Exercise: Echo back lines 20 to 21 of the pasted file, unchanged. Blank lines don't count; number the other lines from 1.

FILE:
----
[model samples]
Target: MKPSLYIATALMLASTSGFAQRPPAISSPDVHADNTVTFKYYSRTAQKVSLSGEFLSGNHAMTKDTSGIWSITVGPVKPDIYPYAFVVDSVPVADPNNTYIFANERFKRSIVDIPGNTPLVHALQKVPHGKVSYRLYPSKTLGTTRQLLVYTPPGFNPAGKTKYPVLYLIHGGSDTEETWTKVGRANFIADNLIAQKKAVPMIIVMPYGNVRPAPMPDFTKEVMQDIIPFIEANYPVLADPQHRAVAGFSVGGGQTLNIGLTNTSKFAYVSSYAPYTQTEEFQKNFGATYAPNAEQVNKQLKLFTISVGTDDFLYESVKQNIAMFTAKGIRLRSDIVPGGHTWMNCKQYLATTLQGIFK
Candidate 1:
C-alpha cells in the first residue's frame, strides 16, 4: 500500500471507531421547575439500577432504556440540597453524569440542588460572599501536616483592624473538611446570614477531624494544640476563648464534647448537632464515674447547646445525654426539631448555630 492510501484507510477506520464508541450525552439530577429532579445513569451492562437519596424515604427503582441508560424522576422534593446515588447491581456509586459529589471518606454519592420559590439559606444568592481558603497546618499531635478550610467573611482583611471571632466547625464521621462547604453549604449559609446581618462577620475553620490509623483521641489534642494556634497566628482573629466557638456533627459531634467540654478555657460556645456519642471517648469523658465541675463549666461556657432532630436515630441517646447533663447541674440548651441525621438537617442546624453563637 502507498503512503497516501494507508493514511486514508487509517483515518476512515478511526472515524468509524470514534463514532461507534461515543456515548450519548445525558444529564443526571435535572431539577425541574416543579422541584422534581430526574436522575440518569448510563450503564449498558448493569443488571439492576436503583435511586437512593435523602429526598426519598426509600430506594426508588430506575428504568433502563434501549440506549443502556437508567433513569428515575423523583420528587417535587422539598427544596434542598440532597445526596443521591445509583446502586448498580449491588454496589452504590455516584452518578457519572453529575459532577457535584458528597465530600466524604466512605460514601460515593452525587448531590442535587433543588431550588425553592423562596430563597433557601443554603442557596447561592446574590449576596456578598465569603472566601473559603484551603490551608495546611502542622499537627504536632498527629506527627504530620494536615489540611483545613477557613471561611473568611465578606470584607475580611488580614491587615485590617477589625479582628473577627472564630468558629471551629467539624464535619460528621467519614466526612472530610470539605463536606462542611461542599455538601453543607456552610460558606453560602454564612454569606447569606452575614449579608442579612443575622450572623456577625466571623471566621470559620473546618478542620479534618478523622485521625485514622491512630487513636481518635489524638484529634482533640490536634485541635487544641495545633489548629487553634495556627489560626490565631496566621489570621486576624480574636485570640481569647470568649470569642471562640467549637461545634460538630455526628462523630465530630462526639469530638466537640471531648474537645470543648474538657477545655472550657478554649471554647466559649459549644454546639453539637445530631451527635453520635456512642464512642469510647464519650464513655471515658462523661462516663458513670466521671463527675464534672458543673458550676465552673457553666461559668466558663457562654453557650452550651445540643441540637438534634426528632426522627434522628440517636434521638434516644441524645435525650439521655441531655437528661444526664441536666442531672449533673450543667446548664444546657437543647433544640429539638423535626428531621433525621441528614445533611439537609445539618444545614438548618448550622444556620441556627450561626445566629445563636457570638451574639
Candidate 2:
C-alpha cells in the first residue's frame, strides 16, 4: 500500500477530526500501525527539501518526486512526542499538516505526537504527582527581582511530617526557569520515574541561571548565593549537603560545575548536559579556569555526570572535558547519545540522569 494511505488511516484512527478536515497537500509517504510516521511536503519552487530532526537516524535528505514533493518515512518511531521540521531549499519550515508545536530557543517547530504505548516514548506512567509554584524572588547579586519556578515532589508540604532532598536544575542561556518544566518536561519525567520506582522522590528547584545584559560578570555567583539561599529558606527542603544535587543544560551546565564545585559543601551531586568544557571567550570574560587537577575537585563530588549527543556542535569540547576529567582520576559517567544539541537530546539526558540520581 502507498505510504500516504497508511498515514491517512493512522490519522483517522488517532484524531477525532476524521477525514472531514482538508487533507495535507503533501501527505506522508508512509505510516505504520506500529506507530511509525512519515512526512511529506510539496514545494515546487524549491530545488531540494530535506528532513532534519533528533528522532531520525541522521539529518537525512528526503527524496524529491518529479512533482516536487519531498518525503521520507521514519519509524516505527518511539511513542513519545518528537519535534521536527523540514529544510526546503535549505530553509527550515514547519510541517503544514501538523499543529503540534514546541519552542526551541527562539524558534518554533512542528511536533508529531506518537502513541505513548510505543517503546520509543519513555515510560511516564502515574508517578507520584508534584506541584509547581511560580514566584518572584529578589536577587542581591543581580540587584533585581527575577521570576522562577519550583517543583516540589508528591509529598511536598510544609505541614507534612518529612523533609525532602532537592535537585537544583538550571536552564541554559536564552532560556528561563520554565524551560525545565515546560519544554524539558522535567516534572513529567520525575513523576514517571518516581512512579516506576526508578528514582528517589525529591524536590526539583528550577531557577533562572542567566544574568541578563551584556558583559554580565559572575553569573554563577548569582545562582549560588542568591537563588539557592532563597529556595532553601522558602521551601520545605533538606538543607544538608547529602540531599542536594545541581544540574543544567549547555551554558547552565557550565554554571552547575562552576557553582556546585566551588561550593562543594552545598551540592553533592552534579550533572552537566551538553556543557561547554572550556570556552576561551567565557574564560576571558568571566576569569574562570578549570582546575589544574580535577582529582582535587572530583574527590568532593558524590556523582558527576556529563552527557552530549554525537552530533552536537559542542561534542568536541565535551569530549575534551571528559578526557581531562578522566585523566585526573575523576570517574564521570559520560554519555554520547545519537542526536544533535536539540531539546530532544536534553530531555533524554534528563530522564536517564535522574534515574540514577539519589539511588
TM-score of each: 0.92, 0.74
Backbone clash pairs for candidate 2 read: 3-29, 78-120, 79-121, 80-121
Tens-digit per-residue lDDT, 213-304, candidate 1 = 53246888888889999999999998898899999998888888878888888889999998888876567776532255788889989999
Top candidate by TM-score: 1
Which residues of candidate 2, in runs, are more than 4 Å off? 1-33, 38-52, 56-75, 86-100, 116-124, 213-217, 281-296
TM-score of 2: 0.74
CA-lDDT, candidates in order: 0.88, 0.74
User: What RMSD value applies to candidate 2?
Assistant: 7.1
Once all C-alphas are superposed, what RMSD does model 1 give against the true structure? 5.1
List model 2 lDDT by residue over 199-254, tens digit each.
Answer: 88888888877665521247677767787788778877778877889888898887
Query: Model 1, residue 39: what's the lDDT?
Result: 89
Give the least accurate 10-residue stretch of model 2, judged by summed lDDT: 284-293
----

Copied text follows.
Result: 89
Give the least accurate 10-residue stretch of model 2, judged by summed lDDT: 284-293